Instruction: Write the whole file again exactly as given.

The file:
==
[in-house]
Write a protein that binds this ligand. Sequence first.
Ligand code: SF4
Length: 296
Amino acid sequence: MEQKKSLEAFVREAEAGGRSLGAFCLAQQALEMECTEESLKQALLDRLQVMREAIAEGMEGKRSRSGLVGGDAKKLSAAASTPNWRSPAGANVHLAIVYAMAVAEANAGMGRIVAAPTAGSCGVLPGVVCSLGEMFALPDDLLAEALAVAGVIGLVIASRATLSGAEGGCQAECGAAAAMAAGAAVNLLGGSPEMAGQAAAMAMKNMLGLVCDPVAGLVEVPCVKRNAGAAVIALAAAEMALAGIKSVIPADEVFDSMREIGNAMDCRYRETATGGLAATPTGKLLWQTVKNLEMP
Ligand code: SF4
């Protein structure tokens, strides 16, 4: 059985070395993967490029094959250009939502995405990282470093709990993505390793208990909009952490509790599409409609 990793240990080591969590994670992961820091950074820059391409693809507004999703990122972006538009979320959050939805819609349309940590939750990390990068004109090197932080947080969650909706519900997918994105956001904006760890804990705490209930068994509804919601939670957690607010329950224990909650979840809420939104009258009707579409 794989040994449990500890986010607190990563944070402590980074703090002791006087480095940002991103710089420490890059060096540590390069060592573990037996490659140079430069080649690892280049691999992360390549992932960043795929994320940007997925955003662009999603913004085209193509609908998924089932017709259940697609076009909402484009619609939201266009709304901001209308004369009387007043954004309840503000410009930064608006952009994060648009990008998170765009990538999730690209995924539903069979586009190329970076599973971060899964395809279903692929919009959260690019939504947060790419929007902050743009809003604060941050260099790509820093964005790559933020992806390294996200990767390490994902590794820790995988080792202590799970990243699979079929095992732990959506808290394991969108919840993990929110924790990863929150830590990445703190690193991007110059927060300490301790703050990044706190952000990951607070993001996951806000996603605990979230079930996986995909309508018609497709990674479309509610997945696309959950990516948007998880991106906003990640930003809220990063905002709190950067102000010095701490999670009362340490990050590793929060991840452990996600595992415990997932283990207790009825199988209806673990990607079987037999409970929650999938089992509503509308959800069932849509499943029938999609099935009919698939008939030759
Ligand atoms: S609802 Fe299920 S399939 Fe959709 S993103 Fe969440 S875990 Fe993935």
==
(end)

[in-house]
Write a protein that binds this ligand. Sequence first.
Ligand code: SF4
Length: 296
Amino acid sequence: MEQKKSLEAFVREAEAGGRSLGAFCLAQQALEMECTEESLKQALLDRLQVMREAIAEGMEGKRSRSGLVGGDAKKLSAAASTPNWRSPAGANVHLAIVYAMAVAEANAGMGRIVAAPTAGSCGVLPGVVCSLGEMFALPDDLLAEALAVAGVIGLVIASRATLSGAEGGCQAECGAAAAMAAGAAVNLLGGSPEMAGQAAAMAMKNMLGLVCDPVAGLVEVPCVKRNAGAAVIALAAAEMALAGIKSVIPADEVFDSMREIGNAMDCRYRETATGGLAATPTGKLLWQTVKNLEMP
Ligand code: SF4
């Protein structure tokens, strides 16, 4: 059985070395993967490029094959250009939502995405990282470093709990993505390793208990909009952490509790599409409609 990793240990080591969590994670992961820091950074820059391409693809507004999703990122972006538009979320959050939805819609349309940590939750990390990068004109090197932080947080969650909706519900997918994105956001904006760890804990705490209930068994509804919601939670957690607010329950224990909650979840809420939104009258009707579409 794989040994449990500890986010607190990563944070402590980074703090002791006087480095940002991103710089420490890059060096540590390069060592573990037996490659140079430069080649690892280049691999992360390549992932960043795929994320940007997925955003662009999603913004085209193509609908998924089932017709259940697609076009909402484009619609939201266009709304901001209308004369009387007043954004309840503000410009930064608006952009994060648009990008998170765009990538999730690209995924539903069979586009190329970076599973971060899964395809279903692929919009959260690019939504947060790419929007902050743009809003604060941050260099790509820093964005790559933020992806390294996200990767390490994902590794820790995988080792202590799970990243699979079929095992732990959506808290394991969108919840993990929110924790990863929150830590990445703190690193991007110059927060300490301790703050990044706190952000990951607070993001996951806000996603605990979230079930996986995909309508018609497709990674479309509610997945696309959950990516948007998880991106906003990640930003809220990063905002709190950067102000010095701490999670009362340490990050590793929060991840452990996600595992415990997932283990207790009825199988209806673990990607079987037999409970929650999938089992509503509308959800069932849509499943029938999609099935009919698939008939030759
Ligand atoms: S609802 Fe299920 S399939 Fe959709 S993103 Fe969440 S875990 Fe993935």